May 7, 2012 § Leave a comment
People would do music or skating for leisure, but I don’t know anyone who would do mathematics for leisure. If there is a recreational mathematics club for adults, I wonder how many(besides me) would attend. I am very curious whether this is because the way mathematics is taught in school, or due to the nature of mathematics itself.
I teach mathematics part time. But I do not like mathematics as a question. I like it as a dialogue, a conversation. I like to ‘dance’ with my students. It is too hard for me to do it this way in a group, so I only teach 1 to 1. For example, one day I gave a student this question:
“You are given a triangle made of paper. Can you find out the center of the inscribed circle? How can you do this with as little tools as possible?”
To give you some background, the student is sec 2 from a local(Singapore) school, and was never trained for competitions. It is interesting to see all kinds of responds students will give when they feel safe. It is like a drawing assignment when everybody will turn up something different and creative.
Except that in mathematics, there is logic.
He cut out a triangle (right angled isosceles triangle to be exact) and started folding, and told me that he found the center. When I give my students questions like that, I don’t really know what they will throw back at me. How he folded is different from how I knew I would fold, but at that moment it wasn’t clear whether he has in fact found another way of folding, or he is just being wishful. So I asked him why (to buy myself some time). He couldn’t explain, so jokingly he said, “because I feel like this is the center.”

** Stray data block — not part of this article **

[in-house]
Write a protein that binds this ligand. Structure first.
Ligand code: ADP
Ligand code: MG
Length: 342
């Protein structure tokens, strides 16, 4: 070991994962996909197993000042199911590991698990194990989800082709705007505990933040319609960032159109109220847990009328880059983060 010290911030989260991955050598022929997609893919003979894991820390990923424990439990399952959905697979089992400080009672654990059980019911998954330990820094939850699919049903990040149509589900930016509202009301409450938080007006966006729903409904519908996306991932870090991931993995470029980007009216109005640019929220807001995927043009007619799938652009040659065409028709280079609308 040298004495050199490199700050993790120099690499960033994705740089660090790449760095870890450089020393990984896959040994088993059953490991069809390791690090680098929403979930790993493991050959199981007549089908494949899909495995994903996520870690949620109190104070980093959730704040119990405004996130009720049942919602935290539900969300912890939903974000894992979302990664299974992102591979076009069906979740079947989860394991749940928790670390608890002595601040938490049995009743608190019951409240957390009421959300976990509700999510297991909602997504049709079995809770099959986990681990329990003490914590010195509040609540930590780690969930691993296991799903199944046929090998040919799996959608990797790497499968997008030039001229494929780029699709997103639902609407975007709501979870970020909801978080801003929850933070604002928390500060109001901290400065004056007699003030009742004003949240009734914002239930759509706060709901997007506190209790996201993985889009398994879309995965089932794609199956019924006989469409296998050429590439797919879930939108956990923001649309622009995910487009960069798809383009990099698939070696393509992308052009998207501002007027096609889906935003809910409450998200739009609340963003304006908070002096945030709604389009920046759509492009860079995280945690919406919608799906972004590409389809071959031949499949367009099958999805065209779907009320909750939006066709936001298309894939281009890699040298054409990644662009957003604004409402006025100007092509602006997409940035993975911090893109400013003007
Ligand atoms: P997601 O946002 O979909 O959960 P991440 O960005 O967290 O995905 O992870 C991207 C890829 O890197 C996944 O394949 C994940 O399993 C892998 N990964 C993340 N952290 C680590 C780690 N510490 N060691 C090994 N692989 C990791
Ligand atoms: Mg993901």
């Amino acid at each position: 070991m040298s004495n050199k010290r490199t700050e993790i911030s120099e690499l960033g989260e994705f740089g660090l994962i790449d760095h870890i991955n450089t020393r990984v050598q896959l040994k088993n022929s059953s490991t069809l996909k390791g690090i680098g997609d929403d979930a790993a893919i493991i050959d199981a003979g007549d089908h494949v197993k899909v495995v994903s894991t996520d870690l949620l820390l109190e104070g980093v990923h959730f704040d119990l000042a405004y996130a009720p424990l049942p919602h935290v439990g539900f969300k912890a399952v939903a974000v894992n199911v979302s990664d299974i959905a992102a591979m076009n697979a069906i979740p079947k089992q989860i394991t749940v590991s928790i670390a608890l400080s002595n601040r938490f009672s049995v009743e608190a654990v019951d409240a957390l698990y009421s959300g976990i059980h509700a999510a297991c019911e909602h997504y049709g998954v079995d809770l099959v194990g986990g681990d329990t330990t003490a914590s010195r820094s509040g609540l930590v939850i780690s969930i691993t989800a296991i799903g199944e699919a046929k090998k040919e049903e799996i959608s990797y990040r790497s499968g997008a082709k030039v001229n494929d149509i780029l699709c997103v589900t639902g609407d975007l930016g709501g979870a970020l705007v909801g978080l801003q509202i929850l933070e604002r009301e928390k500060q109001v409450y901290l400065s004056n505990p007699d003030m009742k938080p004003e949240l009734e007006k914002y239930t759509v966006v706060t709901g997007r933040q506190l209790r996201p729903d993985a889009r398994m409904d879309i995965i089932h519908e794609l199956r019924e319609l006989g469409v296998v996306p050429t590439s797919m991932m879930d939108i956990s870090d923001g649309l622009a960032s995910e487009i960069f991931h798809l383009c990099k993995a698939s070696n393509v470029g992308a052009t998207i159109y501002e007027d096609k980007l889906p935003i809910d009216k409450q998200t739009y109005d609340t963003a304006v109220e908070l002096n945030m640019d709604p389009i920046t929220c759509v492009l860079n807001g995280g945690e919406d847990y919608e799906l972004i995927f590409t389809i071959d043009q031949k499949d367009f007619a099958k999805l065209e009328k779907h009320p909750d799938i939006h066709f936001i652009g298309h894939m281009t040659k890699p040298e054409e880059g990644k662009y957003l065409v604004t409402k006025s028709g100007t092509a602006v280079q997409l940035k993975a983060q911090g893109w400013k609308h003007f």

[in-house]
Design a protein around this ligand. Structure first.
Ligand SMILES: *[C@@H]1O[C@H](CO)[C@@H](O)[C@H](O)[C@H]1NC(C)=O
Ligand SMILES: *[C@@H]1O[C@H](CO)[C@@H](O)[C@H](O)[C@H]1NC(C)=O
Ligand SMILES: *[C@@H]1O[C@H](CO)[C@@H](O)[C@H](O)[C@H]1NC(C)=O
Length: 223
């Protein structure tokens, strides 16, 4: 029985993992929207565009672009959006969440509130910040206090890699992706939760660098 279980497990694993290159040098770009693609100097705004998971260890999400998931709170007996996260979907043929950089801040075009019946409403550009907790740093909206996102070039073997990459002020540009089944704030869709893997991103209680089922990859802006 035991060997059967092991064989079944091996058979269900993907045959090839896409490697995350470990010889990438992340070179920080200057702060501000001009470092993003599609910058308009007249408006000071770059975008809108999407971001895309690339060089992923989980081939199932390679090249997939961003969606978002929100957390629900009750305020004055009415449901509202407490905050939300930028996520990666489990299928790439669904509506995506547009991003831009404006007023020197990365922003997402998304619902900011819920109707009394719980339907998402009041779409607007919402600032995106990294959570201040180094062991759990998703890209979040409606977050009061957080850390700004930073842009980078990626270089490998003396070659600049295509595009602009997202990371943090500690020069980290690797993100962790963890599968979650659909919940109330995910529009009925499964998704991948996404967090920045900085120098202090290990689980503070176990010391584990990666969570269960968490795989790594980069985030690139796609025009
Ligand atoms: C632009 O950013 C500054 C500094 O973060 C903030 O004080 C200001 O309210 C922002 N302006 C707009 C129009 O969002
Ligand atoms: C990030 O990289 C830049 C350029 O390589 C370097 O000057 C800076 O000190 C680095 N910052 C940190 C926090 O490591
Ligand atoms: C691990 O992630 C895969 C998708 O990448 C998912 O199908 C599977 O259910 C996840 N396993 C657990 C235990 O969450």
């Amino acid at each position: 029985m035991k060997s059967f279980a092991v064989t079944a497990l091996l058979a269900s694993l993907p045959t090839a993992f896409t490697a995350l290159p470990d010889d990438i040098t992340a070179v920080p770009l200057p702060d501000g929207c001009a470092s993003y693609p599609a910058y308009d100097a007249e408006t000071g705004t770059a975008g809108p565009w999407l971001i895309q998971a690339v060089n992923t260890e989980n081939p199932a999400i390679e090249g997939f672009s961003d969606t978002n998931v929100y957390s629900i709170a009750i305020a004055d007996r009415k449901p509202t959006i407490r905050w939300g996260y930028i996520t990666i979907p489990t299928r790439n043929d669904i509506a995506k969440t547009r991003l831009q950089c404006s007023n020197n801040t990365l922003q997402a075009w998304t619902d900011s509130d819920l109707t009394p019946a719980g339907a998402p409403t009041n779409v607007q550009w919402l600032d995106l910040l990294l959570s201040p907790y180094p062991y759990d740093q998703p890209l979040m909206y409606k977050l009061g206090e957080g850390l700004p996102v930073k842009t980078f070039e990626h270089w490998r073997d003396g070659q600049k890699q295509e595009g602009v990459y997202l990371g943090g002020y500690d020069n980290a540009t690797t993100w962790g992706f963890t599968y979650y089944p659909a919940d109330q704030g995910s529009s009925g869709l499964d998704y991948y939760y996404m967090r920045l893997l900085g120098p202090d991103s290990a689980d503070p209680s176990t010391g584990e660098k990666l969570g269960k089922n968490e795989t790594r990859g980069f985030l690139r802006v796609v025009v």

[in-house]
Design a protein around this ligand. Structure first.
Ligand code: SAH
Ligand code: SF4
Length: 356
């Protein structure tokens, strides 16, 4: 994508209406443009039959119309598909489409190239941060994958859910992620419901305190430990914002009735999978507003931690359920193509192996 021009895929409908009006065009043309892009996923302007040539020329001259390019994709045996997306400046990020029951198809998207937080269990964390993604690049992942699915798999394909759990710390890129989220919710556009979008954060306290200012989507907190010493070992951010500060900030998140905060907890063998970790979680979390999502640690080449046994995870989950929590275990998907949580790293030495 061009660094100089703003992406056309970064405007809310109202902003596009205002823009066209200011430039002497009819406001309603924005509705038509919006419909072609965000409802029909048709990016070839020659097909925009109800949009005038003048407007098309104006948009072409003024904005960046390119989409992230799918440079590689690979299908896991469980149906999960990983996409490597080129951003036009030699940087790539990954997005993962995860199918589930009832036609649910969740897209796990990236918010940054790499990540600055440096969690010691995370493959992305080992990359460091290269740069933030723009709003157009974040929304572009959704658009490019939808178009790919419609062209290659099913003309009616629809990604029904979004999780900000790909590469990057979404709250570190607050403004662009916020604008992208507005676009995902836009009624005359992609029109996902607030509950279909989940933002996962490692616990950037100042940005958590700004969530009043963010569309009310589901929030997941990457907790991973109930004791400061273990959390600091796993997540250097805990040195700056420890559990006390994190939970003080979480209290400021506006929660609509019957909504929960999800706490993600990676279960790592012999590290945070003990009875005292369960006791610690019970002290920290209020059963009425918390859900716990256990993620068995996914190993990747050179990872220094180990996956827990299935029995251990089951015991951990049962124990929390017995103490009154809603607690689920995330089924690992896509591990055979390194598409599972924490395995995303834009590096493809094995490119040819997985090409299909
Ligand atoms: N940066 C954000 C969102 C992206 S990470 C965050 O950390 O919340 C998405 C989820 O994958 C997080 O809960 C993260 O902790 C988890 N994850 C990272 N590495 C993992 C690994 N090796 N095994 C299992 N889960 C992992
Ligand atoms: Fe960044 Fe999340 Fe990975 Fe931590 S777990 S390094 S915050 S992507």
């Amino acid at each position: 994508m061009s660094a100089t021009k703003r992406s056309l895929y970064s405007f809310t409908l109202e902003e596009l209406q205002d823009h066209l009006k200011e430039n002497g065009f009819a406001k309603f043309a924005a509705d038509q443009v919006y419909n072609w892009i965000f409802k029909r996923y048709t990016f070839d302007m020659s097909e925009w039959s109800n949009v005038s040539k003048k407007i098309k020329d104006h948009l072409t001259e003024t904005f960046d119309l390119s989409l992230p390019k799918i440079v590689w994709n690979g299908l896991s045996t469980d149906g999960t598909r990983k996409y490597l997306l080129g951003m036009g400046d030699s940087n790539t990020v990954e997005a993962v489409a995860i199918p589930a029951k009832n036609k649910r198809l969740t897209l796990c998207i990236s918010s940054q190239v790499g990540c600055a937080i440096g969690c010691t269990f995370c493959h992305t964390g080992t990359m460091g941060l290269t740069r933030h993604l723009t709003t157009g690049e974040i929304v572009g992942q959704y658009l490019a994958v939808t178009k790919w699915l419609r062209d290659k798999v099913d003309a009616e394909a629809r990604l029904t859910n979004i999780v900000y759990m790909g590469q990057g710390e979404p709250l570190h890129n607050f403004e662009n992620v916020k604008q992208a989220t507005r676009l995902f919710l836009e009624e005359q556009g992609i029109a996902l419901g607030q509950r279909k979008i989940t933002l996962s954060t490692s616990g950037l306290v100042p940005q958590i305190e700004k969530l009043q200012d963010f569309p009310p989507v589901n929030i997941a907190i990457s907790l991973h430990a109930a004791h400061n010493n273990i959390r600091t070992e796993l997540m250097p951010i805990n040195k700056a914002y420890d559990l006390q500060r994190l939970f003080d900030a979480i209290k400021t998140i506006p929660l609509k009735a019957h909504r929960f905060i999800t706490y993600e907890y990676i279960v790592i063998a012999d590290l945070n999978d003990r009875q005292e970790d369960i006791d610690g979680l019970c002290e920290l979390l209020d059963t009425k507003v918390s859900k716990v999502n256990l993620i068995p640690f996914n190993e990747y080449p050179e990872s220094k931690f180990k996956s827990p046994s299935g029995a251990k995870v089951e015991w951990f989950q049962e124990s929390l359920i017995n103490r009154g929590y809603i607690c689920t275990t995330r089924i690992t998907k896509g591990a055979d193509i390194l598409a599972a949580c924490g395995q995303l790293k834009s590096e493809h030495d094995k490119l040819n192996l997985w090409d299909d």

Now, if he had given me some reasons, it will be easy for me to (either agree, or) point out what is wrong with them. My hunch was telling me that what he proposed will not get the required center. But how can I show that he is wrong when he(mathematically) did not say anything?
How do I entertain his thoughts and intuition, without discouraging his creative input? I need to be at the top of my wits and be careful not to appear like I am trying to outsmart him. That is the challenge that I always love about these dialogues.
I think that a mathematics recreational programme for adults — where every participant is made clear of the choice that the value lies in the dialogue, not the answer — will be very interesting. Maybe then people would start to do mathematics for leisure.